It would be different if we were talking about a JD from HLS and a PhD from Kennedy, but that's not the case for >99% of applicants.
Last edited by Opie on Fri Dec 02, 2011 3:34 pm, edited 1 time in total.

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Bildungsroman
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Re: JD/Phd

Postby Bildungsroman » Fri Dec 02, 2011 3:05 pm

89vision wrote:
SehMeSerrious wrote:
BiglawOrBust wrote:Depends on what you're looking for.

Yeah, what PhD are you looking for?


Public policy, IR, American politics. NOrtheastern has a JD/Phd in policy.

Don't be lazy. Narrow down what you're looking for and then go to the schools' websites or even pick up a phone and call them to find out if they offer the degree combo you're looking for. TLS isn't Google.

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89vision
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Re: JD/Phd

Postby 89vision » Fri Dec 02, 2011 5:31 pm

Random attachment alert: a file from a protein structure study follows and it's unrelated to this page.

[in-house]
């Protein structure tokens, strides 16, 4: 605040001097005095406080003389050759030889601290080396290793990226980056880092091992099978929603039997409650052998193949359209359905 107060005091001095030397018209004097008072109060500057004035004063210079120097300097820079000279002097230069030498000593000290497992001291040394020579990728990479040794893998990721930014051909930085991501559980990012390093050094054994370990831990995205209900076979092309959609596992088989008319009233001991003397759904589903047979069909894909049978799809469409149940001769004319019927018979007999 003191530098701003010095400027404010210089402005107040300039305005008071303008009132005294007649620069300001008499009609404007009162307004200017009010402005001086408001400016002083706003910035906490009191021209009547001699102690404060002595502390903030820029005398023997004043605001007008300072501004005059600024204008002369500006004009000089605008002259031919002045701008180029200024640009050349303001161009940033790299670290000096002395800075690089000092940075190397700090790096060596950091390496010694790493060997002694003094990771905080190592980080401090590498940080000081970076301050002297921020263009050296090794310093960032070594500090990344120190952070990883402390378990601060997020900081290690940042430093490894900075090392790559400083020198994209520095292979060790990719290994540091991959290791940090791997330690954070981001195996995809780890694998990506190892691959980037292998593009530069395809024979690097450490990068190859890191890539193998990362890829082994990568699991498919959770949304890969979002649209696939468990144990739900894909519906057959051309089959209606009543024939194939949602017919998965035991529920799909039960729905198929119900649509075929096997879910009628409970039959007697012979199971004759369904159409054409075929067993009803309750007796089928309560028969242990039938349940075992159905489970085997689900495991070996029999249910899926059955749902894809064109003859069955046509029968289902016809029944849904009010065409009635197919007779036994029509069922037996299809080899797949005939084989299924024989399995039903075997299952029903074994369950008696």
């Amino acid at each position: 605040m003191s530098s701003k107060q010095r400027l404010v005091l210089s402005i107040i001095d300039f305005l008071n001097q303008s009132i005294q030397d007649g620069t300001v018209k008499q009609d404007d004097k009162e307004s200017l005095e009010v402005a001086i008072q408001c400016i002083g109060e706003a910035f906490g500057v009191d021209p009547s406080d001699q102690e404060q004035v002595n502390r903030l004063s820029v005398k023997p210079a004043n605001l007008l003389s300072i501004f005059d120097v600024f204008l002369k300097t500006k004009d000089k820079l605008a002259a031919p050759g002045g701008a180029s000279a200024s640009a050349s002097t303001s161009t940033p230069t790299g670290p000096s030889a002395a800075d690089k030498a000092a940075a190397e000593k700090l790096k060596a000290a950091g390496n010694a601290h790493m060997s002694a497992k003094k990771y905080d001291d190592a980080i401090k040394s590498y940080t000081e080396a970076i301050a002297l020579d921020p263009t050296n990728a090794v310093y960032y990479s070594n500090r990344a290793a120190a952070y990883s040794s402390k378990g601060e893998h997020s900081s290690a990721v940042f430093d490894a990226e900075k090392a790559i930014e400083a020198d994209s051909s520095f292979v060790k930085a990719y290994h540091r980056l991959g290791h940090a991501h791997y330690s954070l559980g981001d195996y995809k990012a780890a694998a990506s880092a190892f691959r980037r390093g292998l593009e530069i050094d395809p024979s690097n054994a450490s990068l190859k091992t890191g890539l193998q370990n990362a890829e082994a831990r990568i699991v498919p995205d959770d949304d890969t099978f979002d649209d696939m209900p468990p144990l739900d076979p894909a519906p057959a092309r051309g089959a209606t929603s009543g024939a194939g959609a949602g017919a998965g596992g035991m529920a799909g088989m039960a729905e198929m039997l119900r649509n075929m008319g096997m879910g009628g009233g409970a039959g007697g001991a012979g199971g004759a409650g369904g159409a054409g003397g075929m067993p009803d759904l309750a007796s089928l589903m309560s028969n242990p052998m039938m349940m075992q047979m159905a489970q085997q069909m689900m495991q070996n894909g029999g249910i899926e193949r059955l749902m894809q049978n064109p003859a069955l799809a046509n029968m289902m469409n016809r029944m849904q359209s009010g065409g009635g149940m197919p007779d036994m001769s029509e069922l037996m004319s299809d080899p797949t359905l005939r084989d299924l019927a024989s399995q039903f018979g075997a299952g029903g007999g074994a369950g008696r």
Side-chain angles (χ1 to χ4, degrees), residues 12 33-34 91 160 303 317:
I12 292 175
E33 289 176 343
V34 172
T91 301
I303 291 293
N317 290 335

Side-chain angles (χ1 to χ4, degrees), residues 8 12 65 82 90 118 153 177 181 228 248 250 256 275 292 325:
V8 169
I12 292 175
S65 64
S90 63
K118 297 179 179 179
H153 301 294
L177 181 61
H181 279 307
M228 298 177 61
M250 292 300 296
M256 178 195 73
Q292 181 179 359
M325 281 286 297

Bildungsroman wrote:
89vision wrote:
SehMeSerrious wrote:
BiglawOrBust wrote:Depends on what you're looking for.

Yeah, what PhD are you looking for?


Public policy, IR, American politics. NOrtheastern has a JD/Phd in policy.

Don't be lazy. Narrow down what you're looking for and then go to the schools' websites or even pick up a phone and call them to find out if they offer the degree combo you're looking for. TLS isn't Google.


I did search online, like I stated in the original post, I know the top schools offer them. I've looked at the dual degrees at all schools I have applied to. Don't assume because I'm asking here I haven't searched for it online. This is another tool to use.

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89vision
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Re: JD/Phd

Postby 89vision » Fri Dec 02, 2011 5:37 pm

Opie wrote:
89vision wrote:
Opie wrote:
89vision wrote:Anyone know which schools have JD/Phd options (I know some of the Ivies do, but no way I'm getting in)? I know a ton offer dual degrees on the masters level, curious as to how many schools offer joint JD/Phd programs. Thanks.